Former US Army ST design 257-A tugs being loaded onto sunken barge Island Yarder in dry dock at Ballard, Washington State. (Photo courtesy MMBC)

Local involvement with this class of vessel occurred in two independent ways. The first involved transportation of six them from Puget Sound, USA to Buenos Aires, Argentina while the second was purchase of three for use in the local towing industry.

In what has been described as an “adroit” and likely “very profitable transaction” by Island Tug and Barge Company of Victoria, BC, the company sold its large tug Snohomish and large barge the original Island Trader to Argentinian interests at a time when the local market was saturated with surplus vessels. The delivery in 1947-1948, marking one of the longest tows on record was accomplished, under company master Captain Fred MacFarlane. In addition to fuel cargo the barge carried six surplus US Army ST tugs as deck cargo. Five of the six have been identified: ST-85, ST-146, ST-147, ST-164 and ST-167.

Three tugs of this design operated in local coastal waters.The reader who opens the links for these vessels will note that two of these vessels came to tragic ends with at least in one case loss of life. This echoed in the fate of a US sister tug W.H. Mcfadden. It was thought that there may have been a stability problem with this class of vessel in open waters.

Original Name Later Names O/N
ST– 170 (USATS) E–170; George McGregor #177387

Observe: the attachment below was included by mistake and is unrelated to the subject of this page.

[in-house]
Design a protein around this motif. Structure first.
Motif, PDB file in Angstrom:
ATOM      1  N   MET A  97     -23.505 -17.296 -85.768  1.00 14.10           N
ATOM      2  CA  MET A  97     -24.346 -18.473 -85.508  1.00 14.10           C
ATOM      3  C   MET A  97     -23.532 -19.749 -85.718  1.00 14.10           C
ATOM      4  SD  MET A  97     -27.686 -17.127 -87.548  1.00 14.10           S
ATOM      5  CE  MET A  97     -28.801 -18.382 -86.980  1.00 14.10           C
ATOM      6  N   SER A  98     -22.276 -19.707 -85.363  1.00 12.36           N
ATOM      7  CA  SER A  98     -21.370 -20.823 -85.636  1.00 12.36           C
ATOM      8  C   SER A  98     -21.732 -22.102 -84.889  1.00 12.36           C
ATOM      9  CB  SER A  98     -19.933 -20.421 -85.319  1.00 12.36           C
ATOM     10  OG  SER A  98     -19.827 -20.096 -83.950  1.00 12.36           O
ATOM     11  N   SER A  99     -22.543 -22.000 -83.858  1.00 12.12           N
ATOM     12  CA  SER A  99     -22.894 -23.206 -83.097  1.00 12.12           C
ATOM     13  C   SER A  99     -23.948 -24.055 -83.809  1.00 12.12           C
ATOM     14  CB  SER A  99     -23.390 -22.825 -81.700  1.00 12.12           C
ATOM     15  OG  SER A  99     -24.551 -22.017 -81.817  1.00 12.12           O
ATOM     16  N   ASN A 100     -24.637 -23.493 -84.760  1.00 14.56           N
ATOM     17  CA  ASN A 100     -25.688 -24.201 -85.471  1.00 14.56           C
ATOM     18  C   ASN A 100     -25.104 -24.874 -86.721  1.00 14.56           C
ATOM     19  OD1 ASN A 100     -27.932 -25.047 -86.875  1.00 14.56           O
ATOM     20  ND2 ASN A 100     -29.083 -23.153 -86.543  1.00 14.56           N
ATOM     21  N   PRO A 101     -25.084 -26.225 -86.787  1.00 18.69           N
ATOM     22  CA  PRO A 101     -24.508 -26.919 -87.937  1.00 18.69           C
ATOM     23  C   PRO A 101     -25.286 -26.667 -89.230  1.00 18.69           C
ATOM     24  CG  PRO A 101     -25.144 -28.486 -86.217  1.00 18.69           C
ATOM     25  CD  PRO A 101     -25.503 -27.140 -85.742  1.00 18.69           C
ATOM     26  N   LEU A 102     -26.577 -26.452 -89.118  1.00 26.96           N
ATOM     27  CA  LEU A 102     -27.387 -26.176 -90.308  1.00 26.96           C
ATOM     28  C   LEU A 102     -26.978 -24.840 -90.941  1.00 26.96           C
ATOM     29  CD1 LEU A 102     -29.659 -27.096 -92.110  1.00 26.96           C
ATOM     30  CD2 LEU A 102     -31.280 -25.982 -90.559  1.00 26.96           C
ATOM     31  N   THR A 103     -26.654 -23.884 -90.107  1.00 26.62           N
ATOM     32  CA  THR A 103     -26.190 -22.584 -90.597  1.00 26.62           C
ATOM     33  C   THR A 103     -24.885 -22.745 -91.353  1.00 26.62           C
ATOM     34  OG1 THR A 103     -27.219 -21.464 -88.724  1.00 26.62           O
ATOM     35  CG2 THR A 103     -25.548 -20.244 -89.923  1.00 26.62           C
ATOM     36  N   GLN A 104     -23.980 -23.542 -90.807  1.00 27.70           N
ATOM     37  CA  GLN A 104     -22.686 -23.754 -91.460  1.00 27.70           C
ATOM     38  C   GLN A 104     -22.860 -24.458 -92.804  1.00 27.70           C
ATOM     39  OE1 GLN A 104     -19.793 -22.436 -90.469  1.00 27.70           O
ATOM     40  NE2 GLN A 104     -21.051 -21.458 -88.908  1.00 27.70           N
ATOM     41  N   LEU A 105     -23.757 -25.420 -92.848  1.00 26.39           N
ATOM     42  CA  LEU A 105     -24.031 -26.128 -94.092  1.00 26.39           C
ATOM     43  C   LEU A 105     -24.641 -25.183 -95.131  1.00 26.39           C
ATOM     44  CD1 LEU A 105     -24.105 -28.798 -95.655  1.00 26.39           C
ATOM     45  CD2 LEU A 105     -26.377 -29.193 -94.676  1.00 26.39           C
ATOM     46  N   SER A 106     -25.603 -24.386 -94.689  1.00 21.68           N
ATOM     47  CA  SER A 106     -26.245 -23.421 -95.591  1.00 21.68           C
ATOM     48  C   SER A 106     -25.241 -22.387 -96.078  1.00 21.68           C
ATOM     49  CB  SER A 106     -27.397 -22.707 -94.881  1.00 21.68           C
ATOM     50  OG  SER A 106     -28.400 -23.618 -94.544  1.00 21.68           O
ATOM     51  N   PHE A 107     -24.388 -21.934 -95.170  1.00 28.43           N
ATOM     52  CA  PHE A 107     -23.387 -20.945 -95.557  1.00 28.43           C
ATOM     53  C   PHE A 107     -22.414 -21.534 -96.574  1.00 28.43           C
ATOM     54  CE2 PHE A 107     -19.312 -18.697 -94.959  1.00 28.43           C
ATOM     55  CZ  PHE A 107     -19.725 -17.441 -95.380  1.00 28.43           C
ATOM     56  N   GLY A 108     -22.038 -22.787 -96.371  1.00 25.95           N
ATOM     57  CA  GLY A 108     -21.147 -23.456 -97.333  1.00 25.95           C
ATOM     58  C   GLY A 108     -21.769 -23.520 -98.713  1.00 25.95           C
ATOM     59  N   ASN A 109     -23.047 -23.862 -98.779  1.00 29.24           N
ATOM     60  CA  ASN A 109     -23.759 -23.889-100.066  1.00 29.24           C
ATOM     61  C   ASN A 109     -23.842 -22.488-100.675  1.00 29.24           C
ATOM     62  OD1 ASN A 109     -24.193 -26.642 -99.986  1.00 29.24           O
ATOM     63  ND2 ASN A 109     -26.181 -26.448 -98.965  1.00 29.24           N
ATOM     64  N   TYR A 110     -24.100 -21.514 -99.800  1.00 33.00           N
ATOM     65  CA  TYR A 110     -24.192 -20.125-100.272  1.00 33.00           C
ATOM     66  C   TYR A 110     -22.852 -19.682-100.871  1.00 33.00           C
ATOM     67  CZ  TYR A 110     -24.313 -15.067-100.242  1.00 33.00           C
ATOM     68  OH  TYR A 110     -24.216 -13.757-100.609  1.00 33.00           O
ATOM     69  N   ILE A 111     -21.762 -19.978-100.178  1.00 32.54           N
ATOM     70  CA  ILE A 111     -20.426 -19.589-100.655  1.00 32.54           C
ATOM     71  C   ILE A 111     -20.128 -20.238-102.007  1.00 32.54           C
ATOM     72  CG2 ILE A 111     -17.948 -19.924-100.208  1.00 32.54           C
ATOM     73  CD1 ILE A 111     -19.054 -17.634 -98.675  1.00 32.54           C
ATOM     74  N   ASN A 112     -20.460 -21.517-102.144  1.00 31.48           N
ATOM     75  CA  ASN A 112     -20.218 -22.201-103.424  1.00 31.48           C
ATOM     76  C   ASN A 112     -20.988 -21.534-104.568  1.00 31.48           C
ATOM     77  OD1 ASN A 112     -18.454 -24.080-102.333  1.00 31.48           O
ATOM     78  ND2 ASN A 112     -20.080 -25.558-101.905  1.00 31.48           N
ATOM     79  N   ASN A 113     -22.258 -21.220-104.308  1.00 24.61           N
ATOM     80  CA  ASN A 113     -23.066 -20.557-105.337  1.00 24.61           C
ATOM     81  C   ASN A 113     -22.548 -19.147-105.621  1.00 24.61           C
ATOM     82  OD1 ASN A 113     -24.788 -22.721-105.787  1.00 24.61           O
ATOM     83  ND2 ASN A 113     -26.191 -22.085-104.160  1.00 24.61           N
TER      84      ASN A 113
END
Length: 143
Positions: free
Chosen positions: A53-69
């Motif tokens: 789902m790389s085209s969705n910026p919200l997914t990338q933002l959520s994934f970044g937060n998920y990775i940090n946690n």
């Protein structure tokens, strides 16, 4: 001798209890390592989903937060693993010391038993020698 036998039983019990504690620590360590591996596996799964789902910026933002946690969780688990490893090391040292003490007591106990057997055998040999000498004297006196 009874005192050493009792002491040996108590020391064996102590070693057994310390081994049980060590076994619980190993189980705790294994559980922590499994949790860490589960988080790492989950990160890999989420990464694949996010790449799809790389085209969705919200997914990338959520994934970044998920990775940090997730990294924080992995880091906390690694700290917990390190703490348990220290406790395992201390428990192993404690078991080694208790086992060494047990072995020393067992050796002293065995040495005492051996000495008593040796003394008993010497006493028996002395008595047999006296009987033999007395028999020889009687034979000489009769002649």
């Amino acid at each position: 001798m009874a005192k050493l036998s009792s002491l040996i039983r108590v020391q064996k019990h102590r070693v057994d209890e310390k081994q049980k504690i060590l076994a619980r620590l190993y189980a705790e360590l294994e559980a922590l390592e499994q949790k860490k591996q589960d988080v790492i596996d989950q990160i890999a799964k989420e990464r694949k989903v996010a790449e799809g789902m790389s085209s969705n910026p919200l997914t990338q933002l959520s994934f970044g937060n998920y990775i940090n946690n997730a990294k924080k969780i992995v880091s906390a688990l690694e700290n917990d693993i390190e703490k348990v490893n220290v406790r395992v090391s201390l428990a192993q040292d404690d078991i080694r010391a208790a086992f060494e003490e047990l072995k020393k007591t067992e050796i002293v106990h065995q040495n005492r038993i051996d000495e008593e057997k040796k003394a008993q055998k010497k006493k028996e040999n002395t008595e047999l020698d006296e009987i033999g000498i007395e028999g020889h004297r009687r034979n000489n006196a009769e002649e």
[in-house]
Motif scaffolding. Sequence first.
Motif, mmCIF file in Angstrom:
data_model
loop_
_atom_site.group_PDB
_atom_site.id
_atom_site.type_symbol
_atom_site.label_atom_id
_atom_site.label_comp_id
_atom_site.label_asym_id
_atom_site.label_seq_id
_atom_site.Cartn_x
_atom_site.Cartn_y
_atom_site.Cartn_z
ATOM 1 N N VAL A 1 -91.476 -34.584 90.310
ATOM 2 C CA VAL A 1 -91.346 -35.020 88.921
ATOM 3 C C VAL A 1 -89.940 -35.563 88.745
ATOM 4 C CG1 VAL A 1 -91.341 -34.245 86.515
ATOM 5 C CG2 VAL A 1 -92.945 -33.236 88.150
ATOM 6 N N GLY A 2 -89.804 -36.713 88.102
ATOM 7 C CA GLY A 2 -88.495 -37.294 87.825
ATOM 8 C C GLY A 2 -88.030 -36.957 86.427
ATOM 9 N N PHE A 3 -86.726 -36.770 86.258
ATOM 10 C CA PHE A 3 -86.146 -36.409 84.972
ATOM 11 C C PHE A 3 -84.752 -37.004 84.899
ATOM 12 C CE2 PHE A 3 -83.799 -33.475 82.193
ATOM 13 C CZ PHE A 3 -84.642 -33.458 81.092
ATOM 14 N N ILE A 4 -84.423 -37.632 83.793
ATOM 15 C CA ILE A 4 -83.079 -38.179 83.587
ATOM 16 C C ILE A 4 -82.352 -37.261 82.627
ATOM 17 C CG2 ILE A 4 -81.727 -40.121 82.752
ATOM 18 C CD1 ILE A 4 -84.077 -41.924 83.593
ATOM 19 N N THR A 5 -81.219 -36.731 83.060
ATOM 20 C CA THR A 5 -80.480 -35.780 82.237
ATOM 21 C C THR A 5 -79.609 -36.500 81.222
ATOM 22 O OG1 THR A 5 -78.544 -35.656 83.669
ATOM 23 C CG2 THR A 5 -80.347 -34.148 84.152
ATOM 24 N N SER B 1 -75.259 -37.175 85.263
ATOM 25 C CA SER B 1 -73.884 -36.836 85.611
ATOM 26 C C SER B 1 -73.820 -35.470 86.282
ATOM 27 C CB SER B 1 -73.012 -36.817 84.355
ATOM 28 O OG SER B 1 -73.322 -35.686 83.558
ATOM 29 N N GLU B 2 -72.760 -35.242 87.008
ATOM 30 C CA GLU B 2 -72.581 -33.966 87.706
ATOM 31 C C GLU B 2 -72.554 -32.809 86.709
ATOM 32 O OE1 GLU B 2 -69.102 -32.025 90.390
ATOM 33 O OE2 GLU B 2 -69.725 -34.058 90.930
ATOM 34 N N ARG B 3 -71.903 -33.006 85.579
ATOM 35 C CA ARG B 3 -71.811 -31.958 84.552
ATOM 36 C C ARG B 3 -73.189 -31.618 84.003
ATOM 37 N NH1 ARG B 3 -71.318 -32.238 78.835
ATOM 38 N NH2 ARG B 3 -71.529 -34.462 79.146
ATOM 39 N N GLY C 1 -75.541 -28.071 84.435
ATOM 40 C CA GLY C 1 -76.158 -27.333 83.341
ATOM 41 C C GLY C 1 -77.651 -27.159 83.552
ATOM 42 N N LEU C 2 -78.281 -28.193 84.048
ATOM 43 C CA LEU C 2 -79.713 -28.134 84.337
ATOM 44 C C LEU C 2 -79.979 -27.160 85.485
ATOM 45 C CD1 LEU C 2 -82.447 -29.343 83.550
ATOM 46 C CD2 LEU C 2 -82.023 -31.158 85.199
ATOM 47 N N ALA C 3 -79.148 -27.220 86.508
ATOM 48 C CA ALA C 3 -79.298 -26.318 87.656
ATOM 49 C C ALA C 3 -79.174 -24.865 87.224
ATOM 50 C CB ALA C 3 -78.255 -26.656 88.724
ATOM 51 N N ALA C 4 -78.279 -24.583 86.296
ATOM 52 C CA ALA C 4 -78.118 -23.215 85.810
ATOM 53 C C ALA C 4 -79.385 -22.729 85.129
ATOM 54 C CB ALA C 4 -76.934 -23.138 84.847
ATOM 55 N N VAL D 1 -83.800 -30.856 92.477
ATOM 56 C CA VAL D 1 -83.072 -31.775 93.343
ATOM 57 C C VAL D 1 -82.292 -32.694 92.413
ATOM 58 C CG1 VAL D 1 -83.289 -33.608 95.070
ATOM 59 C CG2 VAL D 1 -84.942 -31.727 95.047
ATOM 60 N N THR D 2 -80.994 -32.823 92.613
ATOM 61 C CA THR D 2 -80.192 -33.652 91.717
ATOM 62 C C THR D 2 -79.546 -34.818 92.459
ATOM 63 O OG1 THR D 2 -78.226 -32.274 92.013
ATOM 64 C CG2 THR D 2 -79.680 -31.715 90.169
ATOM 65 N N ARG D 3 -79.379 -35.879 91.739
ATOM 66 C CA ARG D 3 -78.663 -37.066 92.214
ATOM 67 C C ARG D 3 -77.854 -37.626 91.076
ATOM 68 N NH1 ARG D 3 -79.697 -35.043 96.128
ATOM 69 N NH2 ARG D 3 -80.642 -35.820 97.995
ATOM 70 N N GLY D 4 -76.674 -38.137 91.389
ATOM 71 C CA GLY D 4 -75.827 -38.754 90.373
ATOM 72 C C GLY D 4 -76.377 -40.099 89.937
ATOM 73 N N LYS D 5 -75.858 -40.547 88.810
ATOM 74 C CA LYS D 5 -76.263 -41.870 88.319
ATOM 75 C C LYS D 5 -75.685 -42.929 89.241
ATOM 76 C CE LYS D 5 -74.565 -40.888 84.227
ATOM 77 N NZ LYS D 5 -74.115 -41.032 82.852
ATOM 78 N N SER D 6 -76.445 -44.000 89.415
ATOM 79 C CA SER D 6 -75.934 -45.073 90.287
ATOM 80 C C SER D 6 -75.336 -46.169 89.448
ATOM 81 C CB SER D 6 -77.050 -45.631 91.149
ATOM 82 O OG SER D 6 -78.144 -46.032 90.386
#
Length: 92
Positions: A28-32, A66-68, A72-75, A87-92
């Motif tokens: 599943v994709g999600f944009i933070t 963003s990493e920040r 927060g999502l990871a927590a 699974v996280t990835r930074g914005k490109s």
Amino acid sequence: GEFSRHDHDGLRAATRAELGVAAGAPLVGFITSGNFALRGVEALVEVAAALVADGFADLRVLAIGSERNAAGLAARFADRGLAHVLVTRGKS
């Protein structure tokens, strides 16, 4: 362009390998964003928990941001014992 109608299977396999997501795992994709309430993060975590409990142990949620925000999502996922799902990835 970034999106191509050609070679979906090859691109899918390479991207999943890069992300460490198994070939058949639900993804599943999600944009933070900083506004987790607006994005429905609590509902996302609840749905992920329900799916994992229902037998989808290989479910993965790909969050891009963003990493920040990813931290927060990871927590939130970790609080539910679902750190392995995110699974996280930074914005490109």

ST– 169 (USATS) Isabella Stewart; Fraser Crown; Pacific Buoy #177418
ST– 13 (USATS) F.M. Yorke #178238

US Army ST class river tugs (RT) steel tugs

US Army ST-river tugs (RT)

Canol Project river tugs and barges hauled out for winter freeze‐up. Location thought to be Camp Canol opposite Norman Wells NT. (Courtesy NT Archives)

These tugs were supplied by the US Army for transportation on the Mackenzie River for the Canol Pipeline Project and later sold to Northern Transportation Company Limited (NTCL), originally a crown corporation.

Original Name Later Names O/N
RT–903 (USATS) (River Tug) Clearwater; Horn River #176217
RT–902 (USATS) (river tug) Slave #176218
RT–901 (USATS) (River Tug) Peace #192889

US Army ST unidentified tugs

It is suspected the tugs in this group are ST tugs. Columbia King had a sister ship Columbia Queen (ST–349) in the US Army. The ST–1923 may have military roots but her ST number appears to be invalid.

Original Name Later Names O/N
Columbia King (US) ST–unknown (USATS); Columbia King (US); Gillking #178776
ST–1923 (USATS) Grand Bank; Nanaimo Clipper; Savage Warrior #183366

US Army TP class wooden tugs

Former Army tug TP–231 lives on as Breeze

Former US Army tug TP–231 lives on as the Breeze after extensive service on the west coast. (Photo from the Rob Stewart collection, used with permission)